The recipes I recently shared made me crave more stuffed pasta. So, I thought it would be fun to see how to make some fresh ravioli from scratch.
Making homemade ravioli can be a little time-consuming, but it is a lot of fun and can easily turn into a nice activity for the whole family. Your kids will love helping you to knead the pasta dough.
Since this is one of my favorite types of pasta, I thought I’d take things to the next level and write a complete guide with everything I know: what tools are needed, how long to boil fresh ravioli, how to dress them, what to serve them with, and some fun facts.
And I will do that with one of the simplest and most beloved ravioli recipes.
Table of Contents
Ravioli Burro & Salvia
The recipe we’re going to see today is called “ravioli burro e salvia“.
It’s the most traditional ravioli recipe that comes to mind, and I think it’s the best way to learn how to make them from scratch. It’s name translates to “butter & sage ravioli“. You can easily guess which ingredients will be used for the dressing.
In the next paragraphs, I’ll show you how to make this recipe step by step, and we’ll also see other possible dressings, so that you can find the one that suits you best.
What you need
Making homemade ravioli from scratch requires the following ingredients:
- All purpose flour;
- extra virgin olive oil;
- parmesan cheese;
- ground black pepper;
- coarse or Kosher salt.
You can find the precise amounts in the recipe card at the bottom of this post. You’re are also going to need some butter e sage leaves and coarse or Kosher salt for the dressing.
Since you’ll be making the pasta dough from scratch, you’re gonna need the following tools:
- a clean, flat, large work surface;
- a pasta machine;
- a pasta rolling cutter with toothed blades or a ravioli stamp, according to your preference.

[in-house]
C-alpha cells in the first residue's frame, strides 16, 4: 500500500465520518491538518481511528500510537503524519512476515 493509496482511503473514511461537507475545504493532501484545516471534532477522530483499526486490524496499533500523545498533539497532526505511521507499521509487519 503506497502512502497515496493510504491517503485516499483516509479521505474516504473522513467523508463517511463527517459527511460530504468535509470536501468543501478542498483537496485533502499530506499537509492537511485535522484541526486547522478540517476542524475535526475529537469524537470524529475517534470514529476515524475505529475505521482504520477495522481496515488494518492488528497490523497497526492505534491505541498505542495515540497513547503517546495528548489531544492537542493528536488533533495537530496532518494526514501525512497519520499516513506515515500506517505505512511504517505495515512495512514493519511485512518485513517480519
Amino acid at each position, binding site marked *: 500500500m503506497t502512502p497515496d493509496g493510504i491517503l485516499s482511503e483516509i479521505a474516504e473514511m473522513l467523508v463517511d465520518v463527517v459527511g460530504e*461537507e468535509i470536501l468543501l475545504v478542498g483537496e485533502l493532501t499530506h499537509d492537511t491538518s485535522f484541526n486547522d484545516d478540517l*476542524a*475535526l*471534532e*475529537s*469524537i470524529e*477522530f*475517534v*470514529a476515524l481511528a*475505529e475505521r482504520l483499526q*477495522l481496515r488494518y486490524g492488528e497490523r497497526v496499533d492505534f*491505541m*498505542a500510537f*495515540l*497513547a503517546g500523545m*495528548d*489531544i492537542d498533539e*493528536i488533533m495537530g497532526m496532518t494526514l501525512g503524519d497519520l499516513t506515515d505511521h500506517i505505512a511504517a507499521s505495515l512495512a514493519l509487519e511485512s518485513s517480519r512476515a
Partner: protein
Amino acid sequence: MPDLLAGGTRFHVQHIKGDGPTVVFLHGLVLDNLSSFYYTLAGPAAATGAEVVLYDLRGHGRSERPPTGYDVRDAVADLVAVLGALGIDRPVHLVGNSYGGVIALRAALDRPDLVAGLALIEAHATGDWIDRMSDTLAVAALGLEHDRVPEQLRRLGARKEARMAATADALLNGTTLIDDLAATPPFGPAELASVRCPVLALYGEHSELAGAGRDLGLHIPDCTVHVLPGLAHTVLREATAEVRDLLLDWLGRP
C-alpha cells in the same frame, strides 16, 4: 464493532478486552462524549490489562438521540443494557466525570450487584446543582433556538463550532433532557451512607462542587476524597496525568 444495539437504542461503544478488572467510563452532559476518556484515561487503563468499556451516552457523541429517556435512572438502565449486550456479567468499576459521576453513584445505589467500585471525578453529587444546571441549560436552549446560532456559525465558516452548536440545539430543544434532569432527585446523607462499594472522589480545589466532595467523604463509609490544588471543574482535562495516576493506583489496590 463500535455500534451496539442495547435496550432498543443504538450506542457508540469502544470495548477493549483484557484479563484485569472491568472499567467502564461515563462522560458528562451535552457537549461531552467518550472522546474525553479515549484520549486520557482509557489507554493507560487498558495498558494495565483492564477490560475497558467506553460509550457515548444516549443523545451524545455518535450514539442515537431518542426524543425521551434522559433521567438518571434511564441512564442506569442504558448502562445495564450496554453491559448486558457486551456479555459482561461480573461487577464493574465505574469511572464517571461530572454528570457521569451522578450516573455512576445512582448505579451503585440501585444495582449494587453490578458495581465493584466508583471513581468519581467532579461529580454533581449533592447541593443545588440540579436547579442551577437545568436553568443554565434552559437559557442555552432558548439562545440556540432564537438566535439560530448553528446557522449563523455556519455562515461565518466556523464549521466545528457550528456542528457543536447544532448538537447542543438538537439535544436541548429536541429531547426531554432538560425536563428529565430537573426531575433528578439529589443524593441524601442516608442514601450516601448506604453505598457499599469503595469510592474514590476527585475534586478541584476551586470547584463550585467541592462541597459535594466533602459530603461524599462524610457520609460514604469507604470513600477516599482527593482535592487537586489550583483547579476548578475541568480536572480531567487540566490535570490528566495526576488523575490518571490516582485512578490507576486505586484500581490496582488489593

I think the pasta cutter is more practical, as you can use it to make more than one type of pasta. However, anything that’ll do the trick will be good.
Some pasta machines already have enough accessories to make ravioli by themselves, so you might not need a cutter at all.
You will also need an immersion blender for the ravioli filling, along with a slotted spoon and a large strainer for when you’ll strain the ravioli.
There are 4 major phases for this recipe:
- making egg pasta sheets;
- making the filling;
- assembling the ravioli;
- cooking and dressing.
Now we’re going to cover all of them in detail. If you’re using store-bought or frozen ravioli, feel free to skip the first three parts.
Making the pasta sheets
Let’s start by making the egg pasta that we’ll use for assembling the ravioli. It’s a very basic pasta dough.
Take 4/5 of the flour, sift it, and pour it into the bottom of a large bowl, creating a sort of “crater” in the middle. Add the eggs to the center, mix them a little with a fork, and after a while start kneading with your hands until a smooth dough is created. If it is too tough, add a couple tbsp of warm water. On the other hand, if it is too sticky, add some of the flour you have kept aside.
Use the dough to create a ball, then wrap it in plastic wrap and set it aside for at least 30 minutes away from light. If you’re going to use it immediately, you can keep it at room temperature, otherwise it’s best to store it in the refrigerator for up to 2 days.
Now, let’s move on to the filling.
The easiest ravioli filling recipe
There are many ravioli fillings around. You can make them with meat, fish, cheese, or vegetables. My favorite one is the ricotta and spinach filling that I shared here a while ago.
You just have to heat the spinach with a couple of garlic cloves and a little olive oil, then blend it all together and combine it with a mix of ricotta cheese, parmesan cheese, nutmeg and black pepper powder
Unwrap your homemade pasta dough, and divide it into two loaves. Lay one on a work surface, and wrap the other one again so it doesn’t dry out.
Flour the first one, and pass it through the pasta machine repeatedly until you get a long rectangular sheet about 1 mm (1/25 inch) thick.
Transfer the dough sheet to a floured work surface, then repeat the process with the dough loaf you had set aside.